American troops on new crisis response mission in Africa
What may look like a standard US operation in Iraq or Afghanistan, is neither. American troops in the tiny country of Djibouti aren’t fighting terrorists, but rather are in training, albeit with live rounds.
They form part of a brand new mission on the continent called the East Africa Response Force.
The mission was formed in response to the attack on the US embassy in Benghazi, Libya. Ambassador Christopher Stevens was killed, along with three other Americans.
“We are capable of providing a force that’s capable of supporting embassies in this part of the world, so if they are in danger we can protect them and US interests. government personnel and any US citizens who are in danger,” East African Response Force Commander, Lt Col. Robert E Lee Magee told eNCA.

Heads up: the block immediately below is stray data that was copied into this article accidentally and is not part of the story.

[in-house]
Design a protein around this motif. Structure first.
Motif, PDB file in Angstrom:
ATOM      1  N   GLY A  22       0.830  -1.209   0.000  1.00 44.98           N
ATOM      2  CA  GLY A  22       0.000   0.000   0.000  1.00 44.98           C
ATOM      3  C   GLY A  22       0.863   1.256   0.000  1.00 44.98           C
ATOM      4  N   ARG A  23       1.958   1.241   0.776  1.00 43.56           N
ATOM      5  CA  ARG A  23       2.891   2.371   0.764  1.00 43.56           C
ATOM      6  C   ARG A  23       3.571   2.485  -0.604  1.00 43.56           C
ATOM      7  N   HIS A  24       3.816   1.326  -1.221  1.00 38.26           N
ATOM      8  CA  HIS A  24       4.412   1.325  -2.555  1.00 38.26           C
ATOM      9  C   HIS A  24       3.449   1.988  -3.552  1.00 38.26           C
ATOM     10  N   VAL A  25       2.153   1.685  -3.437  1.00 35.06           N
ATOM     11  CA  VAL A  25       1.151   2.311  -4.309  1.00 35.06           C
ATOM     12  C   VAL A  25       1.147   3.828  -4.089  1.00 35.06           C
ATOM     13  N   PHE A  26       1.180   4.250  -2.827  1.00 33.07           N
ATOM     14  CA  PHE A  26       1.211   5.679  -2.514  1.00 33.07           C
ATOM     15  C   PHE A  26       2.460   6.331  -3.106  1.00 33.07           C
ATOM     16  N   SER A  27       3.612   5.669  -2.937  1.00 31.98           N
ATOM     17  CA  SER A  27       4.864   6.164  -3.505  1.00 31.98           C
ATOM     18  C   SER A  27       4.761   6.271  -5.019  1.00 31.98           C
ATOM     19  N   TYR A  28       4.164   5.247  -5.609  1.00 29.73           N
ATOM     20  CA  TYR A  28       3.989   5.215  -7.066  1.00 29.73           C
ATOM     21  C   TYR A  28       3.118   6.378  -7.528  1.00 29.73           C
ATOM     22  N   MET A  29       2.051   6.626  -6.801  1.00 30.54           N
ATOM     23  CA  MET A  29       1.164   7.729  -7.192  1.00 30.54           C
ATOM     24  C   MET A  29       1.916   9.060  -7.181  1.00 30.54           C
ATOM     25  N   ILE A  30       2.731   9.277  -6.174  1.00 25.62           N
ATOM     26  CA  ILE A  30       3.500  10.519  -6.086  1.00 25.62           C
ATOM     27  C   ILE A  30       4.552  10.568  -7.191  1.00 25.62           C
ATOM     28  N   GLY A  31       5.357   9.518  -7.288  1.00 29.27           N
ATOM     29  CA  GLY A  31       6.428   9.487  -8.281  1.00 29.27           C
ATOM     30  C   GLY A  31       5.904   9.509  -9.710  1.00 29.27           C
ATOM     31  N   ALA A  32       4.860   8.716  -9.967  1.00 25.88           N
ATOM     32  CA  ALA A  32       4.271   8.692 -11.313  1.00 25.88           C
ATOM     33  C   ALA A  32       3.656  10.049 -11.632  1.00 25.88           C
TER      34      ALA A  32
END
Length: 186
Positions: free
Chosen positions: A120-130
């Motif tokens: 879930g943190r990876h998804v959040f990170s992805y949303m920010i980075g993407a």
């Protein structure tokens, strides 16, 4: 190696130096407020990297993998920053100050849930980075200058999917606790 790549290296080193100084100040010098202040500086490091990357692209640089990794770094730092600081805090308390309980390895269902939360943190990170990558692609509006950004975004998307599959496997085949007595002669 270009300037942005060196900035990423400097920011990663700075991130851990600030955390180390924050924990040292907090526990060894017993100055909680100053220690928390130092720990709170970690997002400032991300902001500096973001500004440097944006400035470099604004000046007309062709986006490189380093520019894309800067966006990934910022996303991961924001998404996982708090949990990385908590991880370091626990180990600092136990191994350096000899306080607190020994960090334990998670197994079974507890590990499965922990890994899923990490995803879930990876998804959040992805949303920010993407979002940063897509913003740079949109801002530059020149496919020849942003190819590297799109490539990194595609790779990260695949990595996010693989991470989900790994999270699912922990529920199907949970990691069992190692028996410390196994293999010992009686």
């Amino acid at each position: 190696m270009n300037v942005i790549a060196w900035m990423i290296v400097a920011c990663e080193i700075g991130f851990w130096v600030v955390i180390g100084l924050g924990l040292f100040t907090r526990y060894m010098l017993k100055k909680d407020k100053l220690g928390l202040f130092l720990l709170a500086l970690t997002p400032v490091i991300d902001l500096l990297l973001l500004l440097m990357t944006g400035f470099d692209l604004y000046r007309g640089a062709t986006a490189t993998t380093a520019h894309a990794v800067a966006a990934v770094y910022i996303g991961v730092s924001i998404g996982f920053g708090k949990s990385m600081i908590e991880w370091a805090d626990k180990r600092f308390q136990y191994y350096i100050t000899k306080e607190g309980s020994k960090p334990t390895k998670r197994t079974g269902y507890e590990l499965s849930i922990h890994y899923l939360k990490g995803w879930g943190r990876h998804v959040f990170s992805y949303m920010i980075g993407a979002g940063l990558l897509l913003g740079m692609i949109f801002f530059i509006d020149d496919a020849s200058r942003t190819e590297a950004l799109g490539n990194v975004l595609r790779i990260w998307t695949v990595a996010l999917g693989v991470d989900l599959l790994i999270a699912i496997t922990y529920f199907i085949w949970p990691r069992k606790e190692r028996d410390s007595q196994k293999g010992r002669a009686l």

“This crisis response force was formed after Benghazi in April 2013, but had its first deployment when fighting broke out in the South Sudanese capital of Juba.”
The troops had only been on the continent for 96 hours when South Sudanese government troops and rebels clashed, and were immediately deployed.
The force rescued about 800 Americans and non-Americans.
Two American servicemen were injured when rebels fired on a US military helicopter.
“We can be in any part of East Africa in 24 hours,” says Magee.
A few dozen members of the force remain in Juba. The rest focus their time on honing their skills in training, and keeping sharp.
eNCA’s East Africa Bureau Chief Robyn Kriel got a first-hand look at this response force – watch her exclusive report in the gallery above.